Historically, Puebla’s greatest moment came on May 5, 1862, when the invading French army was soundly defeated by a Mexican army one-half its size. Today the victory is celebrated throughout Mexico (and the U.S.) as Cinco de Mayo. The forts of Loreto and Guadalupe, where the battles took place, can be visited on the city’s outskirts – now part of the Centro Civico 5 de Mayo.
Cinco de Mayo is a date of great importance for the Mexican and Chicano communities. Although the Mexican army was eventually defeated, the “Batalla de Puebla” came to represent a symbol of Mexican unity and patriotism. With this victory, Mexico demonstrated to the world that Mexico and all of Latin America were autonomous nations capable of resisting imperialist states bent on world conquest.
The Forts (Fuertes de Loreto y Guadalupe) have been restored and guides retell the story of Mexico’s greatest military moment. The Forts are now part of a large complex (Centro Civico Cinco de Mayo) on the city’s northeast flank that includes a Planetarium, Regional Archaeological Museum, the Olympic Soccer Stadium, a large auditorium and green parks.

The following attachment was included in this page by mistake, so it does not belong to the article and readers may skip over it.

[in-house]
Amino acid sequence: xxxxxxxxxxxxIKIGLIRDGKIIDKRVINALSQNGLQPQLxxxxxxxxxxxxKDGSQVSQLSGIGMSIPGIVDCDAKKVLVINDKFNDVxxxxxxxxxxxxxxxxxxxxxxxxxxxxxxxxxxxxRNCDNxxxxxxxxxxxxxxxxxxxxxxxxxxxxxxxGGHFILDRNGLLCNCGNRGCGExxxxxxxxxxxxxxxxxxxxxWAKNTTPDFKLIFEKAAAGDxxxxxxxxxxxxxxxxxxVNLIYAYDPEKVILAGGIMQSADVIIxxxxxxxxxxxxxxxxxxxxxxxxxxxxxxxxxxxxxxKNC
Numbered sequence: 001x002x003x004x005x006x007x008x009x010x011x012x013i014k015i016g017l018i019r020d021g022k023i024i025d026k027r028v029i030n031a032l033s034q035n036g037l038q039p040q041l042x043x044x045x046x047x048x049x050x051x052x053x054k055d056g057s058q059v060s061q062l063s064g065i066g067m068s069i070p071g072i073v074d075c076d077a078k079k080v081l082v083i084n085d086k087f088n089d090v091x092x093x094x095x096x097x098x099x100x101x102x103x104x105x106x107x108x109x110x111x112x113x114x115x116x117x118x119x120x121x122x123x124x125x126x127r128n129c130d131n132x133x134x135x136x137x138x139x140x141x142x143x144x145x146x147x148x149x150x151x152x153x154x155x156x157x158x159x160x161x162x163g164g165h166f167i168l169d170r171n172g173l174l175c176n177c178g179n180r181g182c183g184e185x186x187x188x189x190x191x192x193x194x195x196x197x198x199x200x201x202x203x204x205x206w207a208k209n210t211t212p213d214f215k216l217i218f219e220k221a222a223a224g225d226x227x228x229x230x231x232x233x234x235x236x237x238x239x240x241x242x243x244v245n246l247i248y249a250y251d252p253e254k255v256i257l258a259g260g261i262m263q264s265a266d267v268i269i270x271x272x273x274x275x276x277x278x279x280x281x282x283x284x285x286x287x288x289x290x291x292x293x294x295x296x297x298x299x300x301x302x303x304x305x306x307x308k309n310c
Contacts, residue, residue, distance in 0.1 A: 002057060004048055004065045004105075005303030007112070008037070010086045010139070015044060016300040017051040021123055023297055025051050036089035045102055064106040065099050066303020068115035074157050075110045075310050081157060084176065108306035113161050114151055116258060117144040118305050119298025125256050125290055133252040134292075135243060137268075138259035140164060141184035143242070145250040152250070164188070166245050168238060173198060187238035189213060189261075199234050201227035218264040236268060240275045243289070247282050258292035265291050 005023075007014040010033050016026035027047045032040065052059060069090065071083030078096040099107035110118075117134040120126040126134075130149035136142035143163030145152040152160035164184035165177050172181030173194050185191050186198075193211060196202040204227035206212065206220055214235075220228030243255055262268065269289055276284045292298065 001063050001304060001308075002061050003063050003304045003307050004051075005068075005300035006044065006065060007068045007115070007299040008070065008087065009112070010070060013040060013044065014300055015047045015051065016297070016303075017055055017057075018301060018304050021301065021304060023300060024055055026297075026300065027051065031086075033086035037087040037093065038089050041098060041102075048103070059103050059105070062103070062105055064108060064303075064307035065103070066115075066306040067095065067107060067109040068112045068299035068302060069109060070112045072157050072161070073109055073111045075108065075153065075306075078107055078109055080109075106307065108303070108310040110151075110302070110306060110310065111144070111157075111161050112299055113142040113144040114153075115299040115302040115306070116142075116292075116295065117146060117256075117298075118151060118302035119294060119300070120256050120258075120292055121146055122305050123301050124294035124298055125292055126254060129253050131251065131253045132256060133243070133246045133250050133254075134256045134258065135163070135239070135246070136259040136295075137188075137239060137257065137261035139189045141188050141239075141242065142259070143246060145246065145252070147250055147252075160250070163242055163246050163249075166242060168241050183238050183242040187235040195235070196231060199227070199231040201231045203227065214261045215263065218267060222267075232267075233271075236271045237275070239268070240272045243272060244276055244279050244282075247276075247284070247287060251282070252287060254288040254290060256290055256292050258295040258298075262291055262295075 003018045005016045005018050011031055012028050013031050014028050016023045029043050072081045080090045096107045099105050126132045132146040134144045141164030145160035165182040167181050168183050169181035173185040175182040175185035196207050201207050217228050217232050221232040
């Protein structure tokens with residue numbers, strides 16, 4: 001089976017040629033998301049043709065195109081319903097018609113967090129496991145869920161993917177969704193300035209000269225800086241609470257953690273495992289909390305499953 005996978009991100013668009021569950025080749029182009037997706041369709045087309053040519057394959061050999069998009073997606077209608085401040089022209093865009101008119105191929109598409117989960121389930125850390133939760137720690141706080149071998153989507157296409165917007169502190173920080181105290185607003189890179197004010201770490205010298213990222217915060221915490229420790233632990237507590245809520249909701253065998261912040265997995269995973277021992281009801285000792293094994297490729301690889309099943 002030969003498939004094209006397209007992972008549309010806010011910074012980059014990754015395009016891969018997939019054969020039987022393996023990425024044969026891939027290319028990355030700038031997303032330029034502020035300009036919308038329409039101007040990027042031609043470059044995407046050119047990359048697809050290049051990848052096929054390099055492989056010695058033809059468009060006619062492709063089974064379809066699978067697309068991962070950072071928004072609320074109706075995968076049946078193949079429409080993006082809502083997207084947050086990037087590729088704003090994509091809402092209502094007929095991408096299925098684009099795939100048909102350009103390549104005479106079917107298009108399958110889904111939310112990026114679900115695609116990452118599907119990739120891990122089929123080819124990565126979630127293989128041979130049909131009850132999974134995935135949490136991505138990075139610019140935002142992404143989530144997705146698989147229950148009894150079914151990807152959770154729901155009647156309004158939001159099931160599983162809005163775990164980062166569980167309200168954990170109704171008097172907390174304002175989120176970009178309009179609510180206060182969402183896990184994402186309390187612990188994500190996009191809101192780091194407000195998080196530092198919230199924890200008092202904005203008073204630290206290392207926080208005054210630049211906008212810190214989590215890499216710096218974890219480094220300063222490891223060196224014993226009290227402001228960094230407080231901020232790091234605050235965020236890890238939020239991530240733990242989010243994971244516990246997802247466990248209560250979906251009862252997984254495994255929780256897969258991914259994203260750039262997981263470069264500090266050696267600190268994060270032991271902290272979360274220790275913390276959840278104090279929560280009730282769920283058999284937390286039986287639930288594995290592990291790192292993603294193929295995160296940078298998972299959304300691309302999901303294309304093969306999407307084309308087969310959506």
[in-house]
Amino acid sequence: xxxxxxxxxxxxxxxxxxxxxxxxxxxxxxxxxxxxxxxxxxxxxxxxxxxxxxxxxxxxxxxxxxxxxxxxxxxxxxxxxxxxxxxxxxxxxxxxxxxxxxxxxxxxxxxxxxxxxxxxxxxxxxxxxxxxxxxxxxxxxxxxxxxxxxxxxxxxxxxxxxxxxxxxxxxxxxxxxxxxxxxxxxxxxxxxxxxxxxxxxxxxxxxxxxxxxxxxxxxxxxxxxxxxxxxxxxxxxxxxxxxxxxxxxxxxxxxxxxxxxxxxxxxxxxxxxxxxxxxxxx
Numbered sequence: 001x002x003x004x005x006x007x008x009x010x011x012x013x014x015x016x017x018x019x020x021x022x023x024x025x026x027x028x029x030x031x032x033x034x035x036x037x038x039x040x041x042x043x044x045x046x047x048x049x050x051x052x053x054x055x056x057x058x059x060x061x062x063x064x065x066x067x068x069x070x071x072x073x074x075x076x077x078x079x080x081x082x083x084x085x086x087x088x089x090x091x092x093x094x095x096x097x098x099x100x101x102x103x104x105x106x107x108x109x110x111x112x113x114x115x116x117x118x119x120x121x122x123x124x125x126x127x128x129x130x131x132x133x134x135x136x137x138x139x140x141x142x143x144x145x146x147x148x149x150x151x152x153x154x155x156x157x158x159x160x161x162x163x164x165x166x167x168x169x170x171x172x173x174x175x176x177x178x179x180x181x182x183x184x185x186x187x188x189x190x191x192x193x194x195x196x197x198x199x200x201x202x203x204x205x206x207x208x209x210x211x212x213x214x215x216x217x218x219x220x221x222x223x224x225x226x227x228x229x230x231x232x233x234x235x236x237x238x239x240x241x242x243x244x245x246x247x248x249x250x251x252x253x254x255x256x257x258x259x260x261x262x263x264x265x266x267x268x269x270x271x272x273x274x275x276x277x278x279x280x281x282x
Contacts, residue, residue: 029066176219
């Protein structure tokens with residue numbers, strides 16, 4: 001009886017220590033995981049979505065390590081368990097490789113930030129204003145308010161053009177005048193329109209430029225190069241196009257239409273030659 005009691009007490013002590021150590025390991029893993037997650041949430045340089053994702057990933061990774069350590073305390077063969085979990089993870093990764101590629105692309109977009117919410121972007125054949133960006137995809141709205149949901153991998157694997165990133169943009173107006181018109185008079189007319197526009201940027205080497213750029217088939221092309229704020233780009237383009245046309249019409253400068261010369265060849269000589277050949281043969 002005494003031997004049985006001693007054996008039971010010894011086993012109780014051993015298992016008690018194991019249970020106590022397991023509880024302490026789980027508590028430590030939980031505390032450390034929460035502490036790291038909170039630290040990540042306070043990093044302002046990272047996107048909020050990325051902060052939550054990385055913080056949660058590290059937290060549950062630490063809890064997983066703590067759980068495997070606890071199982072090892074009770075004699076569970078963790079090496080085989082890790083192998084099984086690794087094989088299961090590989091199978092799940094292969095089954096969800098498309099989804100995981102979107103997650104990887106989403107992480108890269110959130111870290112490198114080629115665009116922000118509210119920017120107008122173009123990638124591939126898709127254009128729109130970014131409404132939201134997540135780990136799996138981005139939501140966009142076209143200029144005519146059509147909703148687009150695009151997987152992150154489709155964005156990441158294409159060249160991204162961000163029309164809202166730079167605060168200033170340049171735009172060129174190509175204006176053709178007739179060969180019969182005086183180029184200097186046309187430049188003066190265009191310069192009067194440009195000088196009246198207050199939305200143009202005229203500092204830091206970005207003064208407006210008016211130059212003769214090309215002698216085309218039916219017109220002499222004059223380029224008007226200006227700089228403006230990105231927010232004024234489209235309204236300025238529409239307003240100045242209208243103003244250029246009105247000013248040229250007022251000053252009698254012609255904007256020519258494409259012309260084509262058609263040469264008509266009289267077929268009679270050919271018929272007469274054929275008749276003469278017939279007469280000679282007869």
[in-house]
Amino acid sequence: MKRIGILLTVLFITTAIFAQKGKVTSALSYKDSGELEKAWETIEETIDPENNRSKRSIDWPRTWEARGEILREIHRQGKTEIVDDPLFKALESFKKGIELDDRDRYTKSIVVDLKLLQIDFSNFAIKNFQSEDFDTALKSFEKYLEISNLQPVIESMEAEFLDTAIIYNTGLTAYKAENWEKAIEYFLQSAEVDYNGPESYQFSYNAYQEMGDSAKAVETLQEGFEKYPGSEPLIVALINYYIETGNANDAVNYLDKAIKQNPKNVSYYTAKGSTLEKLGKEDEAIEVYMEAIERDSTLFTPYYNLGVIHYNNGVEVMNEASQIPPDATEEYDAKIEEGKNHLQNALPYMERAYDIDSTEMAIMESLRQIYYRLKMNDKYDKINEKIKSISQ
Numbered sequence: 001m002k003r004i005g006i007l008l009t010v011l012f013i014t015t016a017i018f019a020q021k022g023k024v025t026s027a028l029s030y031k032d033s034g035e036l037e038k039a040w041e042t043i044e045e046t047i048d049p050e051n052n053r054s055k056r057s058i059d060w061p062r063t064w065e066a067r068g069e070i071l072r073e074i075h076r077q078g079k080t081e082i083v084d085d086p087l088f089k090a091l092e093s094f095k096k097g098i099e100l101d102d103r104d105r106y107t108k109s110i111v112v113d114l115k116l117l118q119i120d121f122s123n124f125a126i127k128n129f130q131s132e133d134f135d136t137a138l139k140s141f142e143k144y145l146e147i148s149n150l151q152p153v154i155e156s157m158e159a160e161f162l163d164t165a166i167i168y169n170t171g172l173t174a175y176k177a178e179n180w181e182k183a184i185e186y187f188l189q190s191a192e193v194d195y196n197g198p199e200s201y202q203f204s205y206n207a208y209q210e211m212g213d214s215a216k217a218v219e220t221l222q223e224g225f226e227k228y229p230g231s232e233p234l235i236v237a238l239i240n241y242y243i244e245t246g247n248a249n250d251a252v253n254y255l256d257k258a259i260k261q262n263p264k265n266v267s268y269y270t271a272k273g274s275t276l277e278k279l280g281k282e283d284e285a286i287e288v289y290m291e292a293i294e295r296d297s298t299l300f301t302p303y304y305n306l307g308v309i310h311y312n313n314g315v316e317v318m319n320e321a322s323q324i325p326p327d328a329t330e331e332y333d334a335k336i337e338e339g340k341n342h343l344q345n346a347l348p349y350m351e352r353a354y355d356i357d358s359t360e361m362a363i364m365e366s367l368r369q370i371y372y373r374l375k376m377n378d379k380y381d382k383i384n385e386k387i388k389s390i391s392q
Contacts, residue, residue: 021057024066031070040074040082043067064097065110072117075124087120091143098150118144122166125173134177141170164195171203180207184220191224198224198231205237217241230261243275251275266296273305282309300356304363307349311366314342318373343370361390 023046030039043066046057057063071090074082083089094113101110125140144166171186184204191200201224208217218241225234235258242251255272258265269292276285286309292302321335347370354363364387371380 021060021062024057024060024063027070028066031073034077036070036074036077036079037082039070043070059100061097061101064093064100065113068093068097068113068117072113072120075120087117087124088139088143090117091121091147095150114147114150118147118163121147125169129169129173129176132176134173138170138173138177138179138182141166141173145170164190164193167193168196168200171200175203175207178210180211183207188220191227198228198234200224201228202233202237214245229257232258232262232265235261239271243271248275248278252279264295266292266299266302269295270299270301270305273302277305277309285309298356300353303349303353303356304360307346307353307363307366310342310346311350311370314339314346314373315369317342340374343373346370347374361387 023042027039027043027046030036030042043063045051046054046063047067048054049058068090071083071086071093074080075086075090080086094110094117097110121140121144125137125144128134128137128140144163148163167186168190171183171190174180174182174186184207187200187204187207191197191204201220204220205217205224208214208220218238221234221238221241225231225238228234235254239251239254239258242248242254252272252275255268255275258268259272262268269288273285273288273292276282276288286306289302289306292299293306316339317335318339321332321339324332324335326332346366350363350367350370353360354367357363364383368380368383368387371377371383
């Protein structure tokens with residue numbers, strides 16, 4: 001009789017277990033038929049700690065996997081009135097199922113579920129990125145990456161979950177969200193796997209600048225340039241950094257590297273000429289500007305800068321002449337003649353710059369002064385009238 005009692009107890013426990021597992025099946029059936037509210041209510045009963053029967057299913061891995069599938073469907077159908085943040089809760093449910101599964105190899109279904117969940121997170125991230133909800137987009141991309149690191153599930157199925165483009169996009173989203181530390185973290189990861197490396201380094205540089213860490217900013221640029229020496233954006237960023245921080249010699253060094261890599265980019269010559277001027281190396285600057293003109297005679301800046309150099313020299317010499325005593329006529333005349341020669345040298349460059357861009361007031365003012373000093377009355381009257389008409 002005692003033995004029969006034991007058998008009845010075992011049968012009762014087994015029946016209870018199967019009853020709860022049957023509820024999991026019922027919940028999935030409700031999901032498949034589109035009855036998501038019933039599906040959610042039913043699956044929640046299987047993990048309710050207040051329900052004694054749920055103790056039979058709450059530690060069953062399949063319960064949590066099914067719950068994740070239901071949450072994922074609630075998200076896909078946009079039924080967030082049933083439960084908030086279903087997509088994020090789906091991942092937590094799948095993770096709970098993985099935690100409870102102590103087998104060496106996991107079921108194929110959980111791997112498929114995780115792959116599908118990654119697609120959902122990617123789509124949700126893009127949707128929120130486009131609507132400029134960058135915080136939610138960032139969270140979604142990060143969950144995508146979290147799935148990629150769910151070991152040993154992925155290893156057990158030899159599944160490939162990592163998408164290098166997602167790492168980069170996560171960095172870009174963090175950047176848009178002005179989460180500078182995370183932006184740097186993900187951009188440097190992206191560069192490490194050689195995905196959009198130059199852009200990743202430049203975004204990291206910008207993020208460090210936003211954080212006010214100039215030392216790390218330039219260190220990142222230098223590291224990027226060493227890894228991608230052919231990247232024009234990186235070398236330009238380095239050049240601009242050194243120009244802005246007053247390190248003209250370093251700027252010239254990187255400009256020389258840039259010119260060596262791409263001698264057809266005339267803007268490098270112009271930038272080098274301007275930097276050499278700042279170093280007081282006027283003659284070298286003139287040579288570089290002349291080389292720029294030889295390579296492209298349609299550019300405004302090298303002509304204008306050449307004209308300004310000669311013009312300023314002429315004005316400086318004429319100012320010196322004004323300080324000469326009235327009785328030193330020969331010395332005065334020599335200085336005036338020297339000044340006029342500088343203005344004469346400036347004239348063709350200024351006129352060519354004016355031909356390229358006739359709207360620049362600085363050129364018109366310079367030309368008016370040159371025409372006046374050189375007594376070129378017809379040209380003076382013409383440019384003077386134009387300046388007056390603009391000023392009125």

Museo Imagina at The Forts (Fuertes de Loreto y Guadalupe): The interactive museum IMAGINA is a place where children can, learn, experiment, explain and feel. It is hands-on path to understanding the world. IMAGINA represents a new form of teaching at all levels, using games as a tool for education designed for the whole family.
Museo Regional INAH at The Forts (Fuertes de Loreto y Guadalupe): This museum is run by Mexico’s Instituto Nacional de Antropologia e Historia, and is divided into three sections: the library, the hall dedicated to artist Diego Rivera, and a complex organized thematically and chronologically of early Puebla history. The most interesting highlight might be a colossal sculpture of Saint Christopher, dating back to the 17th century.